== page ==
Dirt has been shearing for over twenty years. He started with his own flock after watching someone else shear it for him. That first year he sheared we had some purple polka dotted sheep in our pasture (from the gentian violet wound spray) and it only took him about an hour to do one sheep.
Needless to say, after twenty plus years, he has gotten much better and your sheep won’t be spotted at all, unless you’d like them to just wear some spots for the fun of it, he always has his can of gentian violet on hand just in case.
He has gathered a lot of information from other sheep shearers and shepherds over the years and he has even had a fellow stop in from Down Under to show him how it is really done.
Many of his faithful customers are wonderful, talented handspinners.
This portion is outdated but left in for historic perspective.
Anna Colleen, his apprentice for a few years, has been handling sheep ever since she could walk. She spent a few years in 4-H, wielding a set of clippers and a carder, and loves to hang in there with her dad and attempt to go sheep for sheep with him on his larger shearing jobs. She isn’t quite ready to do a hand spinners fleece yet, maybe by the end of the summer.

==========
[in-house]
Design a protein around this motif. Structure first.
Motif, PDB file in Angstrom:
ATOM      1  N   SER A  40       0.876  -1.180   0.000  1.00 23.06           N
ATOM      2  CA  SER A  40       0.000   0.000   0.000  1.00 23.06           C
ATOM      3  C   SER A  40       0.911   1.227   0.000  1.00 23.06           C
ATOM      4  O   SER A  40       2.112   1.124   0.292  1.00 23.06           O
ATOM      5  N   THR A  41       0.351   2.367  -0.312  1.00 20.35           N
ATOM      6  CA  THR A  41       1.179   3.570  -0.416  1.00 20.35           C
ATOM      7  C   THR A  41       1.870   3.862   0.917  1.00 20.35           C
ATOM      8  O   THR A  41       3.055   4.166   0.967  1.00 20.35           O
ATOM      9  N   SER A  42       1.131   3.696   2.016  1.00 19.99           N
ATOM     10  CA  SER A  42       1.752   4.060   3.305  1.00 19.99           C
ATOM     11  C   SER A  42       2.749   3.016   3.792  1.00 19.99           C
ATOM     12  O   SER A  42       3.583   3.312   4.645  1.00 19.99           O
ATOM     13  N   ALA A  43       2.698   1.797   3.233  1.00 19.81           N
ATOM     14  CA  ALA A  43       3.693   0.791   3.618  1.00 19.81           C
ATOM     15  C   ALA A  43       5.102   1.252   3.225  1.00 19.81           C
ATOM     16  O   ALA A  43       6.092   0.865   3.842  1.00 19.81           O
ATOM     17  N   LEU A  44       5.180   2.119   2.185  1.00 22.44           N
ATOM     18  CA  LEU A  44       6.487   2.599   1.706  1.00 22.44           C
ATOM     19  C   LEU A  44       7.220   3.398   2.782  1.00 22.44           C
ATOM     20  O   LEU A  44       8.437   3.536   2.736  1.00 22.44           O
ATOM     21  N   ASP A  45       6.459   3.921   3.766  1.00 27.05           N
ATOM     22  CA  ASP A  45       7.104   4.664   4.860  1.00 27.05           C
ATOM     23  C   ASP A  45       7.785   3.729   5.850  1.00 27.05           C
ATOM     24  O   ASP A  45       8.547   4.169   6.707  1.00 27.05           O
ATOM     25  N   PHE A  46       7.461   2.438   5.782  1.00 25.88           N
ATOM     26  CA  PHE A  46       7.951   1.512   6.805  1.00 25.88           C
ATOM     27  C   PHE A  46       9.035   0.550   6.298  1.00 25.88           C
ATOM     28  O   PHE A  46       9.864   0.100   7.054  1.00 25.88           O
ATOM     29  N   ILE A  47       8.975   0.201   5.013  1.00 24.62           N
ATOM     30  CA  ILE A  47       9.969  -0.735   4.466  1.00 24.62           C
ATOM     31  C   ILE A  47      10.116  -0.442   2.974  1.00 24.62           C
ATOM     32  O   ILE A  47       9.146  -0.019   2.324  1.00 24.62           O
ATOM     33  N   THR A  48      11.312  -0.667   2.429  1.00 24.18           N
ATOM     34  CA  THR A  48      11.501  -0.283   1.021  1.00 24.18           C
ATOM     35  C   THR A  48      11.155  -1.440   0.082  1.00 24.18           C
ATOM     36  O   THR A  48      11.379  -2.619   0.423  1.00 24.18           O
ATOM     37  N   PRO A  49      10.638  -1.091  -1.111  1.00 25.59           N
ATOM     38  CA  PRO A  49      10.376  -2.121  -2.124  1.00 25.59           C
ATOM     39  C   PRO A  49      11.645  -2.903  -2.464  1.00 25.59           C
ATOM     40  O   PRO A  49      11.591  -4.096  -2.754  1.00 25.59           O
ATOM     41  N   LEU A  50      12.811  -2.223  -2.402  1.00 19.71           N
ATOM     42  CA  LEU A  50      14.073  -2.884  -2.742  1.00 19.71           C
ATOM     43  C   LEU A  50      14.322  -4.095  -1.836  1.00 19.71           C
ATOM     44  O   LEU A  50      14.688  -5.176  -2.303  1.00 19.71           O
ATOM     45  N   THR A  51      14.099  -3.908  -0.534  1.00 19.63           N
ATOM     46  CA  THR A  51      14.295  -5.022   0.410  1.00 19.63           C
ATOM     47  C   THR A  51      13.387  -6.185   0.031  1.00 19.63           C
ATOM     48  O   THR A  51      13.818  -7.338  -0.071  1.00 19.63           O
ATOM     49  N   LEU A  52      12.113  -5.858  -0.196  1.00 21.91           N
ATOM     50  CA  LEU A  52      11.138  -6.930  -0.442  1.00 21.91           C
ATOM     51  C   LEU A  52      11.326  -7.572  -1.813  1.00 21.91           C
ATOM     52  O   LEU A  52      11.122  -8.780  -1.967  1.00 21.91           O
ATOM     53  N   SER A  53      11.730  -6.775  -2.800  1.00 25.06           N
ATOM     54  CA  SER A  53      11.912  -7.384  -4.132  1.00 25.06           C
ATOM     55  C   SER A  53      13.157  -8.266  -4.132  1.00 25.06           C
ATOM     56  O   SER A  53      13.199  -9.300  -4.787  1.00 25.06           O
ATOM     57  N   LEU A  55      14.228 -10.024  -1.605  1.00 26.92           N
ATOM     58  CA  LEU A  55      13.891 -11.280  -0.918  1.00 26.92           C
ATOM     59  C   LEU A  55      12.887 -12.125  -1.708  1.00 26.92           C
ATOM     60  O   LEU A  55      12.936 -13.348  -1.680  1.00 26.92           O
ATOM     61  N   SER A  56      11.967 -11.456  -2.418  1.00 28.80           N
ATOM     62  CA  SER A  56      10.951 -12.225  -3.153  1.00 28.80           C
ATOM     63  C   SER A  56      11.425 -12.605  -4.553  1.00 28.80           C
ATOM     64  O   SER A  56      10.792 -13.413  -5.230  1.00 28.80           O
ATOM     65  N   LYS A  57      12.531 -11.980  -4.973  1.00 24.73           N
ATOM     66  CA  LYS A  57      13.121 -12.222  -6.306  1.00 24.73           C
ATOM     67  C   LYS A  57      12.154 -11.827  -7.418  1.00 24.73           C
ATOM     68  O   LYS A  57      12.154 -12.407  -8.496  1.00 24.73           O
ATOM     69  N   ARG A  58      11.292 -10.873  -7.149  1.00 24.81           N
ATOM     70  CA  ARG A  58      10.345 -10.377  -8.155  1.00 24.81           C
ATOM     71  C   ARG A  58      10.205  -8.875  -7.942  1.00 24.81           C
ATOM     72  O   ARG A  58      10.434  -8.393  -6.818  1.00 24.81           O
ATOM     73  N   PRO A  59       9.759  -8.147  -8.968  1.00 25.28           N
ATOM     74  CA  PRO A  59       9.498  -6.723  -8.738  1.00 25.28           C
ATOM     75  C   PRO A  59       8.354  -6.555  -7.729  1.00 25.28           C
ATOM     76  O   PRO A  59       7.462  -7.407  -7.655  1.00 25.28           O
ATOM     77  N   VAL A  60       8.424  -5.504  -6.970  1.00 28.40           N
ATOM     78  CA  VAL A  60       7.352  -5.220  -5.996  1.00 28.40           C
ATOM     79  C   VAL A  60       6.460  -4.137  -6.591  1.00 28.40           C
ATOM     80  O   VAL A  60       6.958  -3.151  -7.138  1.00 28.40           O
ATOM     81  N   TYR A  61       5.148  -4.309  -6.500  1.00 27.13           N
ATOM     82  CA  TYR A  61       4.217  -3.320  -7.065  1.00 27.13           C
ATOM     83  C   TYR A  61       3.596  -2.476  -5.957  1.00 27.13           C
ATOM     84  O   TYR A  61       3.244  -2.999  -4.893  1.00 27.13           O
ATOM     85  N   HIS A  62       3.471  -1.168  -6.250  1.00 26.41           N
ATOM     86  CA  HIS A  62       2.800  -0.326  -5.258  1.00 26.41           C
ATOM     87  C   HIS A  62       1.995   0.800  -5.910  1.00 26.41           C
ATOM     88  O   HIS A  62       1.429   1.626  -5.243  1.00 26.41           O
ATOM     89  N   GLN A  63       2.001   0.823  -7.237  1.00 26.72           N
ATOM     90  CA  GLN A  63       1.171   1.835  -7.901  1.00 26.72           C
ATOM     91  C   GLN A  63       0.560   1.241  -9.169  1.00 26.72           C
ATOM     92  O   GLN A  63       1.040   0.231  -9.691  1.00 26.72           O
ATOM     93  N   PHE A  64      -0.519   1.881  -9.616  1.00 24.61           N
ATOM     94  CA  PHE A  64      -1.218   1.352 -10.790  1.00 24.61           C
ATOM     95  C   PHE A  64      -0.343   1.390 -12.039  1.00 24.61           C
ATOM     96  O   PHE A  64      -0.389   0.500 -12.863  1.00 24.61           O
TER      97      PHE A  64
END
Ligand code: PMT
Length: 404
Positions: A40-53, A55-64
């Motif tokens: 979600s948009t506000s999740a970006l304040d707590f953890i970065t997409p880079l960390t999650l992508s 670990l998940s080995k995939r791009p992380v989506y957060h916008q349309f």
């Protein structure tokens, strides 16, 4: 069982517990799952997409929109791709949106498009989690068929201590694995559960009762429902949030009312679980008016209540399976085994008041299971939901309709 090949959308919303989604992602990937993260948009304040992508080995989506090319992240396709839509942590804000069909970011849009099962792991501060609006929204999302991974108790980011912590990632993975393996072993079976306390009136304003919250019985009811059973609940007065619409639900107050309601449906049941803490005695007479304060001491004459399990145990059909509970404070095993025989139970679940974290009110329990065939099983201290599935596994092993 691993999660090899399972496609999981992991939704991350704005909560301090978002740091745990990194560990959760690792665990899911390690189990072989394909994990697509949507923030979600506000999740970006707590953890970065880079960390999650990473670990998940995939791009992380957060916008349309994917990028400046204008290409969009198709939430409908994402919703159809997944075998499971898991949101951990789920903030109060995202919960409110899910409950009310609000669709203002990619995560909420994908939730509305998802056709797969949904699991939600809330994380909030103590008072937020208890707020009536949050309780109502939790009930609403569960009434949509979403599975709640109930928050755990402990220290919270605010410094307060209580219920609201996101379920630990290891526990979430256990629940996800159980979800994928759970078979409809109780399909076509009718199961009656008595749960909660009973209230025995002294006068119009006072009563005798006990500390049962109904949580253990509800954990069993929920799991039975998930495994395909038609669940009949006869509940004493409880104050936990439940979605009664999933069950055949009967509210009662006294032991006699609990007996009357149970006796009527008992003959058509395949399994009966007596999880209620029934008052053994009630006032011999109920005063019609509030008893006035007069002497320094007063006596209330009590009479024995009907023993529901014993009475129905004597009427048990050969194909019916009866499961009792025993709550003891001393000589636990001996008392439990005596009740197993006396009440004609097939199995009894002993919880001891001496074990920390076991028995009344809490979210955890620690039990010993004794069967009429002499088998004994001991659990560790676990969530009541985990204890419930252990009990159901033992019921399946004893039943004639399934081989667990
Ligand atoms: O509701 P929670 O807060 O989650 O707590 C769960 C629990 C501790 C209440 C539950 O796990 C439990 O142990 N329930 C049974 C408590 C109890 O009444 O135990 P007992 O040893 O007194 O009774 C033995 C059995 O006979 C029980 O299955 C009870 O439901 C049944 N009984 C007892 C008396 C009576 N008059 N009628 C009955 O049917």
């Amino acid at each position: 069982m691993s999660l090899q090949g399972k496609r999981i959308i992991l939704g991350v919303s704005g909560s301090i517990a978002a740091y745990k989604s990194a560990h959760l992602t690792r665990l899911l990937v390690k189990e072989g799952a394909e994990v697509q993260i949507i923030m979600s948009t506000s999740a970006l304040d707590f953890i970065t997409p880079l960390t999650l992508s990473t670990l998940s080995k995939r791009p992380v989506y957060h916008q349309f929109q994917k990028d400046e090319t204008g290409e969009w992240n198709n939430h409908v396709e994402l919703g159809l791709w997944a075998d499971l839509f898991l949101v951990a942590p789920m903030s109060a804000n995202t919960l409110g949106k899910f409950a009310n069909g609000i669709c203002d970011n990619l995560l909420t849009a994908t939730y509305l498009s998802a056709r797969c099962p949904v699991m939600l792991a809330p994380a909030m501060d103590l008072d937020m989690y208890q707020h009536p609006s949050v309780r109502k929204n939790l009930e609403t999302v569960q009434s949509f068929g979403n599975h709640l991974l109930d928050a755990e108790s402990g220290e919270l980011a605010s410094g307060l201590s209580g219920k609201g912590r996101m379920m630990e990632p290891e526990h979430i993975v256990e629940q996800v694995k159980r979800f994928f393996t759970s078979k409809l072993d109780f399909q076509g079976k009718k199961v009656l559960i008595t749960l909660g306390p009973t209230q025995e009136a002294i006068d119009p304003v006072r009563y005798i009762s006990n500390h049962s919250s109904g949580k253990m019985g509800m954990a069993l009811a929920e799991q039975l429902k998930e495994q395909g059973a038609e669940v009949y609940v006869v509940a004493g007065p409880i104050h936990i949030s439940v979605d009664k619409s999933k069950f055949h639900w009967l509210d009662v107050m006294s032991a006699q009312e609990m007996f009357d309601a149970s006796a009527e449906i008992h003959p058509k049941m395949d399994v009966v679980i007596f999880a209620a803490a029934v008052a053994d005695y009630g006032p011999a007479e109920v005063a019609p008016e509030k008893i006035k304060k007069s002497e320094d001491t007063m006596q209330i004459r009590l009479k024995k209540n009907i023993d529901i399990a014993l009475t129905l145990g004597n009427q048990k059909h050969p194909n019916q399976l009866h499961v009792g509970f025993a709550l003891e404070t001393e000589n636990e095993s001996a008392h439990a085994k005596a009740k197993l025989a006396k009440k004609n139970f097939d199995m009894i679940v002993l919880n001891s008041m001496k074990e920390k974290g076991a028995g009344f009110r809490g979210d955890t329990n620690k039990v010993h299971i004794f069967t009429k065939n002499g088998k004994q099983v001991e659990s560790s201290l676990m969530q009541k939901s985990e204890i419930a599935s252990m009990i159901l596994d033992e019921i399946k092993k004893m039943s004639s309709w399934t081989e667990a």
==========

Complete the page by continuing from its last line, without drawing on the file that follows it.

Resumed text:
As of September 2010, just when she got very good at shearing, Anna became Anna Coulter and now resides in Burlington, WA. She might be down on the weekends that her dad has a shearing job but don’t count on it. When she is more settled into married life she just might take some of her dad’s old shears and start a northern service!
She is replaced as our second shearer by her sister, Elisabet, aka Bet.
Last summer, after a busy spring and shearing season, Dirt had not yet gotten to our sheep (you know, the cobbler’s children go barefoot) but came home one day to all of his sheep shorn for him, Bet did them all including our big ram in one afternoon all by herself (all I did was run over and take pictures at the end of it all)
So now, Dirt rarely goes on a shearing call without his new sidekick, Bet.
He is sending her out on her own appointments for smaller jobs due to the large influx of calls this spring from a shearer down south who suffered an injury this winter (2013).